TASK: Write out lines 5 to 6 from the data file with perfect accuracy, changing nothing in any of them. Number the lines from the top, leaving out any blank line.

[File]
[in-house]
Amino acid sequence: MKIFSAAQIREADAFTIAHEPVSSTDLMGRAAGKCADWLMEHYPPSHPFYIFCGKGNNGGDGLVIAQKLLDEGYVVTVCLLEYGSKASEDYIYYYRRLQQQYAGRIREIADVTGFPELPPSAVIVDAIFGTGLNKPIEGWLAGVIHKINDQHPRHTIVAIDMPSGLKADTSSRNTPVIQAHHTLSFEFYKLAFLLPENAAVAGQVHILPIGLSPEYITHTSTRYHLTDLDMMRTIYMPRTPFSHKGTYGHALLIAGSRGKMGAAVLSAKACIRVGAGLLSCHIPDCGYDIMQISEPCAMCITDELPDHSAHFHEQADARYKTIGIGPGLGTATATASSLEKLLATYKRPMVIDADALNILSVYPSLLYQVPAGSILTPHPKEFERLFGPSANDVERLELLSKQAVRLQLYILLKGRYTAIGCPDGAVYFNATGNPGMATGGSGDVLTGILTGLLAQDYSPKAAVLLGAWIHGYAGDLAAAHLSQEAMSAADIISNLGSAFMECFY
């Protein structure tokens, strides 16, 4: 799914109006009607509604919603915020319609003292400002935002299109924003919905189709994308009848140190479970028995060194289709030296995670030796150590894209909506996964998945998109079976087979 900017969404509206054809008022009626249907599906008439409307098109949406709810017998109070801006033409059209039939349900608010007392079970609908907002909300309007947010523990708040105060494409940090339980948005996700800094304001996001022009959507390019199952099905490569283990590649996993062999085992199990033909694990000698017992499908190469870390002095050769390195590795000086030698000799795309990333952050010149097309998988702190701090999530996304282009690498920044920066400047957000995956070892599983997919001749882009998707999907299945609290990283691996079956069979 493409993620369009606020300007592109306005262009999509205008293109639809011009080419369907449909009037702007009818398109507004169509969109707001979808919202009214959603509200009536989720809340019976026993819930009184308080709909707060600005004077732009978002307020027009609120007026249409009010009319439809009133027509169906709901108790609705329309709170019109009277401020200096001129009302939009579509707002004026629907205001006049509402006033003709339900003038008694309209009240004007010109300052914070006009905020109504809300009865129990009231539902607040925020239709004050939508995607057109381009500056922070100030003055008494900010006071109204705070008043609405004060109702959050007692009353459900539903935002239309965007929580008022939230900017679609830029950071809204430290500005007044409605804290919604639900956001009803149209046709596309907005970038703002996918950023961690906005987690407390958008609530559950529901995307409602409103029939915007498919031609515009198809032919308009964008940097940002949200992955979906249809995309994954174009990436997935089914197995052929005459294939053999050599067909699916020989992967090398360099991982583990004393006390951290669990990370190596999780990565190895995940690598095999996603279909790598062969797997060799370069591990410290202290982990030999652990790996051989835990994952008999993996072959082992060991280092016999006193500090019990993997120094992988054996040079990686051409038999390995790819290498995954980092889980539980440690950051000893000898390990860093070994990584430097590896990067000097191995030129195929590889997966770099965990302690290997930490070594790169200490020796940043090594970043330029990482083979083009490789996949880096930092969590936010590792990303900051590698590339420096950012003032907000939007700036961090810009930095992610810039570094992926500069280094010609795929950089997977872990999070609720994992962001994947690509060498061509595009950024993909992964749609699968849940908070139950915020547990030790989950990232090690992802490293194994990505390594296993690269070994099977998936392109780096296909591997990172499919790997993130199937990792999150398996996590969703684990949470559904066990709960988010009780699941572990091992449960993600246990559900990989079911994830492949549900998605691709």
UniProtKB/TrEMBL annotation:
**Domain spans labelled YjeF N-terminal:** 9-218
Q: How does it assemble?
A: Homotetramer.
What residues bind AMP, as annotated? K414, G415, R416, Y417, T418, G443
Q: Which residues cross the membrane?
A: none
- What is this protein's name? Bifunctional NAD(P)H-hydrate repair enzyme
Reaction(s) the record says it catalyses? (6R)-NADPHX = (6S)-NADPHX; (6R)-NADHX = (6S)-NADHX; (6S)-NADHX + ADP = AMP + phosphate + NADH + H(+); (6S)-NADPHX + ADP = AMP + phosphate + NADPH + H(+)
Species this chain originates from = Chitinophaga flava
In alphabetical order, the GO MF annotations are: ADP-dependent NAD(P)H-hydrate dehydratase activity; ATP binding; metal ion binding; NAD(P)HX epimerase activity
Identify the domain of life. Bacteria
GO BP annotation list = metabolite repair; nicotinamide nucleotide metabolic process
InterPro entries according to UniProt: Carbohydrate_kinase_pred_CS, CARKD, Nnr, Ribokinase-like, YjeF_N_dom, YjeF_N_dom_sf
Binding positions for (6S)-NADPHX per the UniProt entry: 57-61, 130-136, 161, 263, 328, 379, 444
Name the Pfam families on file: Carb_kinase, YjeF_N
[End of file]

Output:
**Domain spans labelled YjeF N-terminal:** 9-218
Q: How does it assemble?